The current long-distance fleet (of class 158 and class 175 DMUs) is clearly insufficient. However the new franchise proposes suburban trains (with double-width doors opening directly into the passenger saloon). These would be inappropriate for the 'regional express' (inter-urban) services they are intended to work. The reduced dwell times the franchise is seeking are simply not as important as a top-quality passenger environment for services where stations are either relatively widely spaced or request stops. Narrower doors should free up space for passenger amenities; perhaps additional legroom, bike spaces and/or a toilet in the centre vehicle of the planned 3-car sets. Locating the exterior doors (along with the toilets) in separate vestibules towards the vehicle ends would also avoid toilet doors that open directly into the passenger saloon. Putting the toilets and bicycle spaces beyond the external doors (such as on class 158s) would slightly reduce dwell times compared to a class 175, where the doors are right at the carriage ends.It's true that North Wales is also promised more loco-hauled Cardiff services using ex-East Coast Mk4 coaches, but the new units will be the sole power on Manchester - Cardiff and West Wales services. What do readers think?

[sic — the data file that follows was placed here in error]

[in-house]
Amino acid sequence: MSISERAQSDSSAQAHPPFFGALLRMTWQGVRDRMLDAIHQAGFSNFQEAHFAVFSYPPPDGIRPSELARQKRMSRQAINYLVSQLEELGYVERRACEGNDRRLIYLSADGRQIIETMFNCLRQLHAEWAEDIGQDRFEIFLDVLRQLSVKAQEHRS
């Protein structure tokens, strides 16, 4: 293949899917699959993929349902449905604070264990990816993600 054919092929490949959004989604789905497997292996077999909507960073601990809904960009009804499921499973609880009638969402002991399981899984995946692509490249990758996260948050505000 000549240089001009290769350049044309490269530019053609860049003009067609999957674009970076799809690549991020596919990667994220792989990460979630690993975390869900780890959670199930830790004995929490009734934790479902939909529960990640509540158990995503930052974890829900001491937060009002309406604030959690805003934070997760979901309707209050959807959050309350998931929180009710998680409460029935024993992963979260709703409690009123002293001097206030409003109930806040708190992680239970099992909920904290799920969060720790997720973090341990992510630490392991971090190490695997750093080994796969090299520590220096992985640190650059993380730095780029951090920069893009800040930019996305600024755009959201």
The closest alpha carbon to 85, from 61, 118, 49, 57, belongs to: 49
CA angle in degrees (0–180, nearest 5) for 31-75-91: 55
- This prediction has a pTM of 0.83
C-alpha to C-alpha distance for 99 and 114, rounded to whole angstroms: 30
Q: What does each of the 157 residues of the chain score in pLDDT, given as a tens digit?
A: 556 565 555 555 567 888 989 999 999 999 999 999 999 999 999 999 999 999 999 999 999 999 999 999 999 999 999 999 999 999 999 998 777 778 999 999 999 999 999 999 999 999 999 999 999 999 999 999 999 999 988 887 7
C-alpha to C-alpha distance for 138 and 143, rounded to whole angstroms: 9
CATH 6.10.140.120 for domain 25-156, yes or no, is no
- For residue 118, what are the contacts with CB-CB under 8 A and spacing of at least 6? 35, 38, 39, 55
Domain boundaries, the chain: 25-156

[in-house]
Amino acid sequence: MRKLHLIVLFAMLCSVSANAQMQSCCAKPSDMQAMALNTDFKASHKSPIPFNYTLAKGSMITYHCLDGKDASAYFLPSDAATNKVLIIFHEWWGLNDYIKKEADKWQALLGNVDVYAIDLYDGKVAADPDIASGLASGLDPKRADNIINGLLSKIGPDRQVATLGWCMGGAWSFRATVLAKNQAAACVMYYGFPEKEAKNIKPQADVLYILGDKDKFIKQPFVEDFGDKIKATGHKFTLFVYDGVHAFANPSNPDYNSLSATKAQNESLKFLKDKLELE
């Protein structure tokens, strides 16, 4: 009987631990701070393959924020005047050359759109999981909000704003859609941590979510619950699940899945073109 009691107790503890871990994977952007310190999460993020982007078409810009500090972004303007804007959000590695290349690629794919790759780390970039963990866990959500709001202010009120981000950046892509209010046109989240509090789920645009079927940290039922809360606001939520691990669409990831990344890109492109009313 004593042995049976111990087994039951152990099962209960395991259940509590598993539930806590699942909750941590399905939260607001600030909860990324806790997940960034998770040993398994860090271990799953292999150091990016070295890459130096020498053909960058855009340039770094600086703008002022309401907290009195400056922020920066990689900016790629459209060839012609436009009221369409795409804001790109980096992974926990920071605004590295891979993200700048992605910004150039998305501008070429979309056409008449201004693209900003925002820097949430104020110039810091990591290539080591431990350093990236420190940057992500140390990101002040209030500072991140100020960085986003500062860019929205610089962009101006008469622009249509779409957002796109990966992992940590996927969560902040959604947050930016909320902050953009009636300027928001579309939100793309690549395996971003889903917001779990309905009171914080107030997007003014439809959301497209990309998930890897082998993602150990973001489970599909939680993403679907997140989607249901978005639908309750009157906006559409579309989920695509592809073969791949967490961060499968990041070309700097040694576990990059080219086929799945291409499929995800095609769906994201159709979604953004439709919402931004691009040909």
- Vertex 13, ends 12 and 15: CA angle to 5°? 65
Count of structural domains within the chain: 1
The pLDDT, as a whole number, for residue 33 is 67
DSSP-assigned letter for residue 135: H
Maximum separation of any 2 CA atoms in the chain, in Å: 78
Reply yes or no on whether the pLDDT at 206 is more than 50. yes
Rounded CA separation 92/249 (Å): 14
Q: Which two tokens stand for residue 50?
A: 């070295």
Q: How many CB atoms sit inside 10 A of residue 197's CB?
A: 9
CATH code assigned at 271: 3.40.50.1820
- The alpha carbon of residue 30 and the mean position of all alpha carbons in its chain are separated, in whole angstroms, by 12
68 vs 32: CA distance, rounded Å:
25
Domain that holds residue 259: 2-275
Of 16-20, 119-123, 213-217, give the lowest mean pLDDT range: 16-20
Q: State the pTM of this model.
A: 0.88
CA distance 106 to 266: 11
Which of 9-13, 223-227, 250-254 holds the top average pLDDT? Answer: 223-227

Here's a view, taken by Ken Robinson from the level crossing at Porthmadog on 21 February, of the repainted 158 826.
Dave Sallery's archive spot